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Thermostat settings are a hot-button issue in Canadian households

As fall continues and temperatures drop across Canada, we may be in for a winter of increased home energy use.

As fall continues and temperatures drop across Canada, we may be in for a winter of increased home energy use. December has already brought record-breaking snowfalls to Alberta, and British Columbians are being asked to conserve on account of a natural gas shortage.

A Canada-wide survey by Research Co. sought to find out if Canadians are relying more heavily on home heating. Across the country, two in five residents (41%) say their energy use at home has increased over the past few weeks.

Atlantic Canadians, who endured a severe cold snap on the second half of November, are ahead of every other region when it comes to home heating (46% say their use has increased recently), followed by Ontario and British Columbia (43% each), and Manitoba and Saskatchewan (42%). The provinces where the fewest Canadians are reporting a growth in energy use at home are Quebec (37%) and Alberta (36%).

The cold nights of November also provide the first opportunity to see how Canadian households are handling the thermostat. As part of this survey, we asked those who are married or living with a significant other who is in charge of setting the temperature at home.

Two in five Canadians (40%) claim to be solely responsible for this task, while fewer than one in five (18%) defer the duty to their spouse or partner. Three in 10 (30%) say they both share equally when it comes to home heating decisions, while 12% are undecided or chose not to answer the question.

Canadian men are more likely to claim they are exclusively in charge of the thermostat at home (43%, compared to 38% for women), while Canadian women are more likely to say home heating is a joint responsibility (34%, compared to 25% for men).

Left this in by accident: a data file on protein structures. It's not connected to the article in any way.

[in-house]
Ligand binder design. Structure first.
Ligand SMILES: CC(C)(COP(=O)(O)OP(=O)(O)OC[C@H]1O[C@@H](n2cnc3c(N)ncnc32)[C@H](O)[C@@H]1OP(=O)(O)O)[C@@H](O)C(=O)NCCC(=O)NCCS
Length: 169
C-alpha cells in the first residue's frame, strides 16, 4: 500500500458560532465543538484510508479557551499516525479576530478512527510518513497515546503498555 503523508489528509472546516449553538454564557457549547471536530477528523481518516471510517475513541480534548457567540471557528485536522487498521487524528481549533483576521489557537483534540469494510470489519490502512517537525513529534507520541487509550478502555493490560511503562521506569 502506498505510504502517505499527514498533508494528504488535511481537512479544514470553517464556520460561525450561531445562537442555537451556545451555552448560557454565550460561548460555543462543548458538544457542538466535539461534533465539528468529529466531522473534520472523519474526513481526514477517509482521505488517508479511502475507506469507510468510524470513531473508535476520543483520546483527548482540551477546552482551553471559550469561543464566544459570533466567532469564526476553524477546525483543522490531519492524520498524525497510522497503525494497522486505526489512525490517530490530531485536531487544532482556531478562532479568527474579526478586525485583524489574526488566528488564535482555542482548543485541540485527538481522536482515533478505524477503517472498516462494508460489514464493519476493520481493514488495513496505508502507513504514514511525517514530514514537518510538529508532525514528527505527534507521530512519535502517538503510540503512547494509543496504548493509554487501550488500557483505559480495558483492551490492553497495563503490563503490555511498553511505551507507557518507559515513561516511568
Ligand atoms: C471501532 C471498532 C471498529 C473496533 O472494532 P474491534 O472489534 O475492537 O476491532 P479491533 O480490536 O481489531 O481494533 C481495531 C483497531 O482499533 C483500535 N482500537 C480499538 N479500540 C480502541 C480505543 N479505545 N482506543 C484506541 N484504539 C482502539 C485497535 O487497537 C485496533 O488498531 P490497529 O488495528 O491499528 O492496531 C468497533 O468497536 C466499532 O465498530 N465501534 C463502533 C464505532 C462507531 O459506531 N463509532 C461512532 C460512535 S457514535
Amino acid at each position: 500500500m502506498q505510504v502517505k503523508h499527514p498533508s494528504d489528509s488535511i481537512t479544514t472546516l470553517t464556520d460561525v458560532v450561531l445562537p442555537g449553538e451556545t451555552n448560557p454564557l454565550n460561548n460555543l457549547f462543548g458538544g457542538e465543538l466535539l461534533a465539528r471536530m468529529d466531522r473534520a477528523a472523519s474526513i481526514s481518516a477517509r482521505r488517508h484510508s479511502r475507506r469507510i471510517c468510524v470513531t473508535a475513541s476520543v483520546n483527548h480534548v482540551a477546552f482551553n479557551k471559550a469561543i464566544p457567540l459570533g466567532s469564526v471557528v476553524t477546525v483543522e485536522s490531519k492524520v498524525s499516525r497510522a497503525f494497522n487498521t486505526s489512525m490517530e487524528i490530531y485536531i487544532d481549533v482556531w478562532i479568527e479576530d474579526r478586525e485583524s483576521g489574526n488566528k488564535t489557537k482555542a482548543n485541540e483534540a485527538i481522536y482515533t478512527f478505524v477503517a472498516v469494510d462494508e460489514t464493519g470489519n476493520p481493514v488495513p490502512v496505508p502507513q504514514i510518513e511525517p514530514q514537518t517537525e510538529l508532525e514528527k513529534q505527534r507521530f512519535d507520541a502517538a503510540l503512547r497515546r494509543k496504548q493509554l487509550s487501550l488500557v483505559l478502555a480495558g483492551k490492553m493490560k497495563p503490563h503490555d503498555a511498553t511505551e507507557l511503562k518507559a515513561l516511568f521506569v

Albertans are way ahead of every other region in having the largest proportion of residents (68%) who say they unilaterally call the shots on home heating, followed by Manitoba and Saskatchewan (53%).

Quebec boasts the largest proportion of residents who say home heating decisions are taken by both partners (46%, compared to the Canadian average of 30%) and also the largest number of respondents who defer to their spouse or partner (24%, compared to the Canadian average of 18%).

British Columbia is second to Quebec on reaching home heating decisions bilaterally (34%), followed by Atlantic Canada (33%).

While these numbers point to some pronounced regional differences, it is what we do when our spouse or partner is not looking that adds a necessary layer of analysis. Regardless of whether the household is one where a single person (supposedly) makes decisions on home heating, there is little stopping us from making our way to the thermostat and changing the settings.

Across the country, three in 10 Canadians (30%) say they change the temperature at home without telling their spouse or significant other “all of the time” or “most of the time,” while just 19% say they have “never” taken this course of action.

Women are decidedly more likely to change the settings without warning (35%) than men (25%). There is little fluctuation across age groups, but some regional disparities become evident once again.

British Columbians are more likely to change the settings when nobody is looking (35%) and the least likely to say they would never fidget with the controls without the knowledge of their spouse or partner (8%).

The results paint a clear picture of how coupled Canadians in specific provinces are dealing with the so-called “thermostat war.”

Quebecers appear to be extremely respectful, in great part because they affirm that the decision on home heating is taken equally. More than a third would not touch the thermostat after consensus has been reached.

British Columbians may have one of the highest proportions of people in the country who say they decide home heating settings equally. However, they are also more likely to do whatever they please – without consultation.

Residents of Saskatchewan and Manitoba are more likely admit they fool around with the thermostat “only sometimes.” For them, adjusting the settings seems to be determined on a case-by-case basis.

Albertans are in a league of their own. They are more likely to say they take charge individually and are also the least likely to be overruled. They must be doing something right.